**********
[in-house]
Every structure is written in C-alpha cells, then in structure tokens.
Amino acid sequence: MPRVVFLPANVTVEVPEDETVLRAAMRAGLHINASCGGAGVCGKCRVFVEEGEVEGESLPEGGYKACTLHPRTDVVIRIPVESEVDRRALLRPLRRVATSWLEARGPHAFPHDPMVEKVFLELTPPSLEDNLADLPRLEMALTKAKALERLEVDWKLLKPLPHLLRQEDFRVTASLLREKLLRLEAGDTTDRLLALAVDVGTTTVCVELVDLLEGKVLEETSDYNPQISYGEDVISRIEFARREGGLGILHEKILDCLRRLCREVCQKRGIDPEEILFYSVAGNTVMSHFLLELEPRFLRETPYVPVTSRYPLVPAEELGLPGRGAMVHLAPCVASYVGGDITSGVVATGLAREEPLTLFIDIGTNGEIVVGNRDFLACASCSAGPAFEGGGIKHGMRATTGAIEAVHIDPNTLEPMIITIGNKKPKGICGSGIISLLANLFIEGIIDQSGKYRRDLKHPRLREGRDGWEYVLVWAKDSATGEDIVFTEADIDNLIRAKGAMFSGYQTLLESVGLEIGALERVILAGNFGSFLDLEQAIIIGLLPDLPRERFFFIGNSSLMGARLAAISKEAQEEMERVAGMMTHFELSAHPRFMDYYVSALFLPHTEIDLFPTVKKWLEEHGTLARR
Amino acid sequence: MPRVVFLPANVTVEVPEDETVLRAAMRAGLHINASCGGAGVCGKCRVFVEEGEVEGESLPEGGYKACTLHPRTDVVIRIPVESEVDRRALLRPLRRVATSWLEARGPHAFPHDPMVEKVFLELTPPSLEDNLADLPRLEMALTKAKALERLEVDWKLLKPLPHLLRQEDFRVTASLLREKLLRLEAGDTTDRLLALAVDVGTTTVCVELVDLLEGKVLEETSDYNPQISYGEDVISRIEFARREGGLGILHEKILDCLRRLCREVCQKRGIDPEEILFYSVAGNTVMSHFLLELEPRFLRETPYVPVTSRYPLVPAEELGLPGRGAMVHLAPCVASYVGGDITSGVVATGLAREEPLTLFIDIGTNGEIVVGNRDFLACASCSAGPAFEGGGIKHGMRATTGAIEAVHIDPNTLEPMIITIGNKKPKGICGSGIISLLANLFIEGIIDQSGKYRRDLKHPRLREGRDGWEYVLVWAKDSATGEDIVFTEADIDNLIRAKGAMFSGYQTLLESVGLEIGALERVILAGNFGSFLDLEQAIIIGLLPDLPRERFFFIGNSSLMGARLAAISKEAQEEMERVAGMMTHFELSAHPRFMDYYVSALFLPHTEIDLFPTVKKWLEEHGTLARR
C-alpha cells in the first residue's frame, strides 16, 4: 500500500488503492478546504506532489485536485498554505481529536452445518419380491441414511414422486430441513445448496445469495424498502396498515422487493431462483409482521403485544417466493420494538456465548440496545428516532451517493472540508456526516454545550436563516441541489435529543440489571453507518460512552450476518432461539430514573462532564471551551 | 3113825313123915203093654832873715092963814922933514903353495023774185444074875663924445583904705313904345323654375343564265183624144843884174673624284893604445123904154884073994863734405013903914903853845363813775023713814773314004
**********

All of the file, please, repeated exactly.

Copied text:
[in-house]
Every structure is written in C-alpha cells, then in structure tokens.
Amino acid sequence: MPRVVFLPANVTVEVPEDETVLRAAMRAGLHINASCGGAGVCGKCRVFVEEGEVEGESLPEGGYKACTLHPRTDVVIRIPVESEVDRRALLRPLRRVATSWLEARGPHAFPHDPMVEKVFLELTPPSLEDNLADLPRLEMALTKAKALERLEVDWKLLKPLPHLLRQEDFRVTASLLREKLLRLEAGDTTDRLLALAVDVGTTTVCVELVDLLEGKVLEETSDYNPQISYGEDVISRIEFARREGGLGILHEKILDCLRRLCREVCQKRGIDPEEILFYSVAGNTVMSHFLLELEPRFLRETPYVPVTSRYPLVPAEELGLPGRGAMVHLAPCVASYVGGDITSGVVATGLAREEPLTLFIDIGTNGEIVVGNRDFLACASCSAGPAFEGGGIKHGMRATTGAIEAVHIDPNTLEPMIITIGNKKPKGICGSGIISLLANLFIEGIIDQSGKYRRDLKHPRLREGRDGWEYVLVWAKDSATGEDIVFTEADIDNLIRAKGAMFSGYQTLLESVGLEIGALERVILAGNFGSFLDLEQAIIIGLLPDLPRERFFFIGNSSLMGARLAAISKEAQEEMERVAGMMTHFELSAHPRFMDYYVSALFLPHTEIDLFPTVKKWLEEHGTLARR
Amino acid sequence: MPRVVFLPANVTVEVPEDETVLRAAMRAGLHINASCGGAGVCGKCRVFVEEGEVEGESLPEGGYKACTLHPRTDVVIRIPVESEVDRRALLRPLRRVATSWLEARGPHAFPHDPMVEKVFLELTPPSLEDNLADLPRLEMALTKAKALERLEVDWKLLKPLPHLLRQEDFRVTASLLREKLLRLEAGDTTDRLLALAVDVGTTTVCVELVDLLEGKVLEETSDYNPQISYGEDVISRIEFARREGGLGILHEKILDCLRRLCREVCQKRGIDPEEILFYSVAGNTVMSHFLLELEPRFLRETPYVPVTSRYPLVPAEELGLPGRGAMVHLAPCVASYVGGDITSGVVATGLAREEPLTLFIDIGTNGEIVVGNRDFLACASCSAGPAFEGGGIKHGMRATTGAIEAVHIDPNTLEPMIITIGNKKPKGICGSGIISLLANLFIEGIIDQSGKYRRDLKHPRLREGRDGWEYVLVWAKDSATGEDIVFTEADIDNLIRAKGAMFSGYQTLLESVGLEIGALERVILAGNFGSFLDLEQAIIIGLLPDLPRERFFFIGNSSLMGARLAAISKEAQEEMERVAGMMTHFELSAHPRFMDYYVSALFLPHTEIDLFPTVKKWLEEHGTLARR
C-alpha cells in the first residue's frame, strides 16, 4: 500500500488503492478546504506532489485536485498554505481529536452445518419380491441414511414422486430441513445448496445469495424498502396498515422487493431462483409482521403485544417466493420494538456465548440496545428516532451517493472540508456526516454545550436563516441541489435529543440489571453507518460512552450476518432461539430514573462532564471551551 | 3113825313123915203093654832873715092963814922933514903353495023774185444074875663924445583904705313904345323654375343564265183624144843884174673624284893604445123904154884073994863734405013903914903853845363813775023713814773314004